With regard to opening the schedule, I was pretty intimidated at first, and only approached it with further thought. There are different pressures attached to showing first, but also lots of benefits if you go about it in the right way. The more I thought about it, the more I felt it was also a vote of confidence from the BFC and the Menswear panel/committee.
Can you tell us more about your first runway show experience: what did you expect, learn and what were the challenges?
I learnt it costs more! (Laughs). Overall the process is pretty similar to what I had been doing previously. Not doing installations or heavy art direction in the space did help to keep me more focused on the product and the looks this season.
The BFC main show venue was a big space, and that in itself was a new experience for me – it fitted 600 people and we managed to fill it. In addition it was a bigger space than a lot of Paris shows which I feel is perhaps overkill for LFWM, but I think they are looking at that for next season. Working with the large space, I was able to think about the movement of the looks and the music a lot more which I really enjoyed.
Will you continue the runway show format for future seasons? Is there no going back now?
Yes, I think for the next couple of seasons we will at least [continue the runway show format], but I don’t think there is no going back from doing shows. Ultimately it will be about what I think feels right at that time. I am not opposed to showing in other countries for example for one off situations: Tokyo perhaps, as it is a strong market for the label. For me it is going to be a case of whether I feel I have exhausted my interest in showing, and if so, I will stop. Simple as that. There are definitely other ways to use that budget effectively.
What are your personal thoughts on LFWM? It has been said that it may not continue for much longer.
There has been word in the industry that it might not continue for much longer, and I have heard that for like 3 years now though, so perhaps this is a bit of a typically British thing to do – to down-talk your own thing. I’ve overheard buyers talk LFWM down and say there is not much to look at, when I know they are buying at least 5 or more brands on the schedule. Which doesn’t sound like a lot but if you discount the big established houses from the Paris schedule for example, there is a similar ratio of emerging brands shows that they will go to and buy from.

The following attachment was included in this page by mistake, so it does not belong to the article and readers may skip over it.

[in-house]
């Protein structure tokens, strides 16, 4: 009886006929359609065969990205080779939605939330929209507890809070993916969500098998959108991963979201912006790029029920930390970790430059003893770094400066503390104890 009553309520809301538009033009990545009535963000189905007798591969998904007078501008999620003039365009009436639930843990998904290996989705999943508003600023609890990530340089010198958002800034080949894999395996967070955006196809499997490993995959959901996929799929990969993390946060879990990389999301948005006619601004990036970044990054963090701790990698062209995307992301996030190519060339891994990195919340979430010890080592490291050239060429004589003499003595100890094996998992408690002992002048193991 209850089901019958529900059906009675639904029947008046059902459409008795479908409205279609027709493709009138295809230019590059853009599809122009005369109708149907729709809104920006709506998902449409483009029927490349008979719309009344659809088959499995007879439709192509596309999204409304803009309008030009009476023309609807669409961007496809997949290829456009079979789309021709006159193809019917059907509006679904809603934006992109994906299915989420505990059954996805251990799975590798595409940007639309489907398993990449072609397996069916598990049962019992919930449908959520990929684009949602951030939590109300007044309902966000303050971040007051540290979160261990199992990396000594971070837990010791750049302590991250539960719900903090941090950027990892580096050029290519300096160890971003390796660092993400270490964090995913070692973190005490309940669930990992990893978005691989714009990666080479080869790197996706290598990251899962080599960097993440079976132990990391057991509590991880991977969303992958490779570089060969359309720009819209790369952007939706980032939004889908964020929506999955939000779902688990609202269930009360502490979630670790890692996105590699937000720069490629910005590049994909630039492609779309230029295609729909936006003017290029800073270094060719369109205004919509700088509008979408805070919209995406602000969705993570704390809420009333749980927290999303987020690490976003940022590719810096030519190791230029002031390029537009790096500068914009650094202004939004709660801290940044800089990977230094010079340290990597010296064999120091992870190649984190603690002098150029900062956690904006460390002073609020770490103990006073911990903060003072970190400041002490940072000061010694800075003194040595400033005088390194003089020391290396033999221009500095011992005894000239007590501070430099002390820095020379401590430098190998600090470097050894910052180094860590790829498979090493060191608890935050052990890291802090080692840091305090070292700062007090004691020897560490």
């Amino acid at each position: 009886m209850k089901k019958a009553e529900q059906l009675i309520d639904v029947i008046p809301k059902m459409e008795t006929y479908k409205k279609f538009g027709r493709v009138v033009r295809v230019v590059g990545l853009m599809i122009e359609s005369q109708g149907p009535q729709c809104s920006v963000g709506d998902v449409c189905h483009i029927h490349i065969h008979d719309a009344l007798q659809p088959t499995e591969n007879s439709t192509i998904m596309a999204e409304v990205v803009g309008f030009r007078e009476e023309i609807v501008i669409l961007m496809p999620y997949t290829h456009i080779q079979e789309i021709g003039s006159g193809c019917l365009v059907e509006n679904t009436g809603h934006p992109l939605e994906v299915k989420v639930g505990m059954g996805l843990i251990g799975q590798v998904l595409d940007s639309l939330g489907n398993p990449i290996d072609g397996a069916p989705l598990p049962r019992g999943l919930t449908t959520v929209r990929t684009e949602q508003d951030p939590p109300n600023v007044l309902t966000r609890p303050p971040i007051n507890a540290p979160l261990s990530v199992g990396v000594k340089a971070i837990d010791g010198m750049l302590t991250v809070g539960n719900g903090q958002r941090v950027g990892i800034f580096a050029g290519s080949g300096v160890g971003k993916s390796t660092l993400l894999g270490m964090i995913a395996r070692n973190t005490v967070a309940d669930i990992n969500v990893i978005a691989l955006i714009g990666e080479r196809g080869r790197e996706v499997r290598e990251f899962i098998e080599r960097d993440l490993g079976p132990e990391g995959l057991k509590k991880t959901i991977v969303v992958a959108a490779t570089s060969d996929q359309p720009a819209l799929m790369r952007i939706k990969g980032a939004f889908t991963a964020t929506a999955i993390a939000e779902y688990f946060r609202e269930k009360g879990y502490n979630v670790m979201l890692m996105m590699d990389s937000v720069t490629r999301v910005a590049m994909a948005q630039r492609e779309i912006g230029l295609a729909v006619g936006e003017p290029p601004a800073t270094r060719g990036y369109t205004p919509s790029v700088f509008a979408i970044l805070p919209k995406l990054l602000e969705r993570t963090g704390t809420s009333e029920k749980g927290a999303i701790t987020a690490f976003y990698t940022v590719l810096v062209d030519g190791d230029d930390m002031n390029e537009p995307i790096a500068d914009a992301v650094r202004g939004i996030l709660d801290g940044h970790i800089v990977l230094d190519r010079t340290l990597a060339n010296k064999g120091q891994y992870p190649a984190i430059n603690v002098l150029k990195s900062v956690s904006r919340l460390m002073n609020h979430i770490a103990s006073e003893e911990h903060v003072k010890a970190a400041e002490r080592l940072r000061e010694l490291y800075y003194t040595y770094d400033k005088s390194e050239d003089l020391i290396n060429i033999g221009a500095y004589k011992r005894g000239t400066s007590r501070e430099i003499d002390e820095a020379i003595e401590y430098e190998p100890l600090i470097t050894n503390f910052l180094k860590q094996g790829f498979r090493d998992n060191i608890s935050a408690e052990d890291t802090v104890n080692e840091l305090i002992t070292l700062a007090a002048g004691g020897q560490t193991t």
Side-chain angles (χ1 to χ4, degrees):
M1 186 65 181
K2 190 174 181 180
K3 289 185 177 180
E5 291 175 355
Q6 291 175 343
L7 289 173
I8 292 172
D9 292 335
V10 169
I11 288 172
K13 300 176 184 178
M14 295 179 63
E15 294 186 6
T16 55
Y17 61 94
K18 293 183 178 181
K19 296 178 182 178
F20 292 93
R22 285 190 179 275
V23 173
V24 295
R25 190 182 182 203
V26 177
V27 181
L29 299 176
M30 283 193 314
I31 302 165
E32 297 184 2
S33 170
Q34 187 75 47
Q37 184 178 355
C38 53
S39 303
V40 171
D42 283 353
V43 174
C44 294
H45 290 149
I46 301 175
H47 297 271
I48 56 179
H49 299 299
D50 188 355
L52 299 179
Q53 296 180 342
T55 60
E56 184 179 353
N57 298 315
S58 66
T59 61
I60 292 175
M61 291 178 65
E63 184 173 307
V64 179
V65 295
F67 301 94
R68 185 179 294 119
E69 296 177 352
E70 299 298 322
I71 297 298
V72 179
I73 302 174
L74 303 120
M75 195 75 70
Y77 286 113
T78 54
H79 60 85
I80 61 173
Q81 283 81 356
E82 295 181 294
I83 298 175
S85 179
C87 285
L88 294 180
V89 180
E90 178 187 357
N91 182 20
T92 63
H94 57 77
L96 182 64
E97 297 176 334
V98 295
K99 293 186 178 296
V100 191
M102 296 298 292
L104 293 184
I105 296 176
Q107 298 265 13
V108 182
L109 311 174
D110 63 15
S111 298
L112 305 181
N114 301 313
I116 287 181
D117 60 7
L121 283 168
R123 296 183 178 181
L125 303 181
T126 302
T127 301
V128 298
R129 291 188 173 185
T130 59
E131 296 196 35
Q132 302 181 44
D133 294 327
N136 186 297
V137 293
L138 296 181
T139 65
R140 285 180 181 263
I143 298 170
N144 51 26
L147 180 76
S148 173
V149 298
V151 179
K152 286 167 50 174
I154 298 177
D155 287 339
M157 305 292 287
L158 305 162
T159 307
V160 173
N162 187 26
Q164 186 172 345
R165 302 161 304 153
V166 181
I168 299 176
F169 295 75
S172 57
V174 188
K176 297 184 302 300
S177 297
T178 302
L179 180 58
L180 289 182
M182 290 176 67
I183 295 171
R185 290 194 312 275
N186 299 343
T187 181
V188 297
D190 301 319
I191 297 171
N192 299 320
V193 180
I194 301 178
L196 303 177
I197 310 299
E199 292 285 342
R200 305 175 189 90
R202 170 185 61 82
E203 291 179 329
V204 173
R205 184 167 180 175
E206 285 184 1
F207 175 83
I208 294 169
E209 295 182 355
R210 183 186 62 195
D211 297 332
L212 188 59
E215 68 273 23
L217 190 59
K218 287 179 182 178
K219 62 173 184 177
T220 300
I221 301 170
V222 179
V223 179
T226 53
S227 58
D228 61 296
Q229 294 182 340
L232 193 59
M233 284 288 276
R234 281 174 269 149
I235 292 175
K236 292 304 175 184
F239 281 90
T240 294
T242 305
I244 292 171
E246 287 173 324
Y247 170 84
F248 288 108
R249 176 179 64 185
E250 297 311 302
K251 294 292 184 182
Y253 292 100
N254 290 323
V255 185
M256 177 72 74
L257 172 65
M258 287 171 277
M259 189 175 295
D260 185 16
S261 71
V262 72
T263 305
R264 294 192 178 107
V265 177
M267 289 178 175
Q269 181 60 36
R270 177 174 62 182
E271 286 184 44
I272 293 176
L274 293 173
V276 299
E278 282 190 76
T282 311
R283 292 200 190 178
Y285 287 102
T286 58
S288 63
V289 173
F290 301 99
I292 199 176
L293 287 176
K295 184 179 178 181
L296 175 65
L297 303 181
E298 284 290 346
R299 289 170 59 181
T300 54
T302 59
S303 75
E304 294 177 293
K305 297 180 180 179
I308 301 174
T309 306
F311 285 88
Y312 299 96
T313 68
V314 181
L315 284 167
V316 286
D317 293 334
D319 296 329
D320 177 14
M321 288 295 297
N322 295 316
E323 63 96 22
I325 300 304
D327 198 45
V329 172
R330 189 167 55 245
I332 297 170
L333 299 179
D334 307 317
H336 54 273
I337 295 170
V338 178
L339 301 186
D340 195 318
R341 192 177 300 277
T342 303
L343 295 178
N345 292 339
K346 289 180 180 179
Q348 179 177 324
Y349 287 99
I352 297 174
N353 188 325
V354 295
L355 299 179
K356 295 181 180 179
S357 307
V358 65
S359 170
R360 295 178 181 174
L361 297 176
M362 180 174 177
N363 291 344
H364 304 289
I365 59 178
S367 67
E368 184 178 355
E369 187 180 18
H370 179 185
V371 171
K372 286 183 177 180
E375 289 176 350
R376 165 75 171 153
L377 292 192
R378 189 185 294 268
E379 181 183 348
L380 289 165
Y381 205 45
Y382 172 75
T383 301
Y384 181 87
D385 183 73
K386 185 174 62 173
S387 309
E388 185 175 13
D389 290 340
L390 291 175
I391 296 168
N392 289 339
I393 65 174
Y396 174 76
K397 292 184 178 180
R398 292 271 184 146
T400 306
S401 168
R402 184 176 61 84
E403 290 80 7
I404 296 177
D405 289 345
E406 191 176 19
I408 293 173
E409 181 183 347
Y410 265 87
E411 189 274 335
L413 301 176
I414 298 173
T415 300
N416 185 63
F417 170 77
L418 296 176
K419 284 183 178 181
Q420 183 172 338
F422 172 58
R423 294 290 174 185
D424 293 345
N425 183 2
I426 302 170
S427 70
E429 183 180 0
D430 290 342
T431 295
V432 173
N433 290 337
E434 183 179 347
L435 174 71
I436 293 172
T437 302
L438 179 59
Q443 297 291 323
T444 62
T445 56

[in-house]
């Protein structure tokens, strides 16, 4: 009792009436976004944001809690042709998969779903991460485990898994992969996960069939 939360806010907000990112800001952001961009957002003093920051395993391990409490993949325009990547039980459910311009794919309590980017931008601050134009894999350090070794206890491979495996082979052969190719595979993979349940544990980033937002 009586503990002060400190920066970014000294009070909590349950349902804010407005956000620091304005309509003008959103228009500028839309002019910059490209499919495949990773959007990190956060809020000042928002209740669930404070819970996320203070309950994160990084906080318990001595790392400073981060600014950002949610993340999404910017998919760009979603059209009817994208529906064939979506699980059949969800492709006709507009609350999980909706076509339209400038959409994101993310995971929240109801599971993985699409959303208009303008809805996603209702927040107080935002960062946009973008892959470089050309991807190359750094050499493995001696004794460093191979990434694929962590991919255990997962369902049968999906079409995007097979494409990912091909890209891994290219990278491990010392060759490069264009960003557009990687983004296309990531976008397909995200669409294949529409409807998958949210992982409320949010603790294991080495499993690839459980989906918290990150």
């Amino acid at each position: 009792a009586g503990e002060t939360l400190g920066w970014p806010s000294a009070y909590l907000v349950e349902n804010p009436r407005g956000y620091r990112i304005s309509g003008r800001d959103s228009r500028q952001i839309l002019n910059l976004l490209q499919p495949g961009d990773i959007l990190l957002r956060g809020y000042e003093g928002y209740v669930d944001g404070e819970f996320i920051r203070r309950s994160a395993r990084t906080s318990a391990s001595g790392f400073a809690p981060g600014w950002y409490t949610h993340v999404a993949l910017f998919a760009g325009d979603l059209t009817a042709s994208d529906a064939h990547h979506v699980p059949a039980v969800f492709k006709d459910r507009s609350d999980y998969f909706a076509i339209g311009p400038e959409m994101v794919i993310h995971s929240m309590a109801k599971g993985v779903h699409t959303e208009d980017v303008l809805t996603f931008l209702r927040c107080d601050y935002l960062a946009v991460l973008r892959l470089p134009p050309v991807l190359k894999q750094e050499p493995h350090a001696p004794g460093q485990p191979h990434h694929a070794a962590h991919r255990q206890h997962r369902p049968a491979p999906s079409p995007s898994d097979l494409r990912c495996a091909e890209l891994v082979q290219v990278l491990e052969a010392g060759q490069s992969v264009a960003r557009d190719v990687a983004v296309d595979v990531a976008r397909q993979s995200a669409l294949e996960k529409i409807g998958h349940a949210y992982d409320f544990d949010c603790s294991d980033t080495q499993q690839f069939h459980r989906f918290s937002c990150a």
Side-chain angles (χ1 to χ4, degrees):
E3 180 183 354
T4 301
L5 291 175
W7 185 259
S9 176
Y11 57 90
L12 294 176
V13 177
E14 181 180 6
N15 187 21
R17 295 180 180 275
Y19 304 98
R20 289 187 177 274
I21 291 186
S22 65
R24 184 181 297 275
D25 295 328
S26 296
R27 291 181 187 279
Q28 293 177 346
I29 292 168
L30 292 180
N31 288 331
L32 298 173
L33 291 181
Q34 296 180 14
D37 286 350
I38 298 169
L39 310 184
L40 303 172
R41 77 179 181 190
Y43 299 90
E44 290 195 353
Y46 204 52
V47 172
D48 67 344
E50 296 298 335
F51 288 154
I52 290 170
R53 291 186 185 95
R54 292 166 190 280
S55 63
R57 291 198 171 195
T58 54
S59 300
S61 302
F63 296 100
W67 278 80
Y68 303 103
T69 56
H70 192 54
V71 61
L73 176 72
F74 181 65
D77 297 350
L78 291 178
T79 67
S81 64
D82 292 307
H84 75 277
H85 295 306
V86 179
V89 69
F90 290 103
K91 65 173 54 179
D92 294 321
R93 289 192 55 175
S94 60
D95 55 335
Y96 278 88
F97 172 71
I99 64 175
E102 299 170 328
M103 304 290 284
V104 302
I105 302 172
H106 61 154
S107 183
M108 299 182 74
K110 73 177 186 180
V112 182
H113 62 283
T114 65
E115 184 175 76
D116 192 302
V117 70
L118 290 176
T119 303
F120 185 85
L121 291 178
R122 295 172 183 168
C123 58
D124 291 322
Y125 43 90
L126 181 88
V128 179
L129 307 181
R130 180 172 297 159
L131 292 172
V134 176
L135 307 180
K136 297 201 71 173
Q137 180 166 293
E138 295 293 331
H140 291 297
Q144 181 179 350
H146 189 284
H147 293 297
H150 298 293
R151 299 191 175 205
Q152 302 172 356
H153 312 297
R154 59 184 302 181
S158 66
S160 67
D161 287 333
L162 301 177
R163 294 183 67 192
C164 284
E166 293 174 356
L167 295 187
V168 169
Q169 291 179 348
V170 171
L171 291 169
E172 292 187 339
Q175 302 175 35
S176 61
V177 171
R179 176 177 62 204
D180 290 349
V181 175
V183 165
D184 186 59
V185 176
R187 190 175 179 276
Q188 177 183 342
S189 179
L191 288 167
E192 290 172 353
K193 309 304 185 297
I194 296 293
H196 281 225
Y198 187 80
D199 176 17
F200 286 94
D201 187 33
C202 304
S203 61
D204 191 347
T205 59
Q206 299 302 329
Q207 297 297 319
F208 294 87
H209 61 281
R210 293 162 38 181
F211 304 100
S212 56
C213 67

Honestly tell me where you would find all of the labels that show in London on other schedules? It would be very difficult to find space for everyone if we all decided to go elsewhere; which would be a huge step backwards I feel. Perhaps we should be looking at what we can do to bring something to the schedule and make it better instead of moaning about it. There are for sure areas that we can improve LFWM – I agree there – and we have lost a lot of big brands that have left the schedule, but I think there is also other reasons for that, and it’s easy for them to say it’s LFWM that is at fault. It’s not as if all of these brands then popped up in Milan or Paris on the schedule, so some [have] either stopped showing, created only look-books or merged their collections. There is definitely some cost-saving going on across the board at certain bigger houses. I truly believe that a lot of creativity comes out of London and LFWM. We may not have the most commercially viable schedule but what we lack in accessibility to more commercial consumers, we make up for in pushing ideas and concepts and our ability to punch above our weight as brands.
Do you think the current pace of the fashion industry is speeding up or just becoming over-saturated? Still dictated by the seasonal structure, would you agree that a wave of non-seasonal and more immediate fashion production is coming up? Where do you see Tourne de Transmission’s approach relating to both topics?
This is something we talk a lot about in the studio and also at SANE. I would agree things have sped up to a degree, but I also think that there are blurred lines between having a large Instagram following and creativity. Not that I am cussing anyone for doing T-shirts for example – after all it’s how I started – but there definitely seems to be some degree of question as to if a connection between the amount of followers vs good ideas is enough to warrant your place in the market.
Personally I am filling in the gaps in the season with projects I like to do in order to retain a degree of visibility. It could be installations with retailers or capsules with photographers like Chris Floyd who has an amazing archive of images from the 90’s – which we will be doing very soon. I would agree there is an element of over-saturation brought upon us via the speed of the internet and consistent need to shout louder. As Steve – my partner at SANE – always says, “it’s better to talk quietly with confidence, than to shout at the top of your lungs hoping someone will hear you”.
You have a new partner at Tourne de Transmission, enabling the brand to grow and evolve at a faster pace. Can you tell us more about your partner, and how this came about?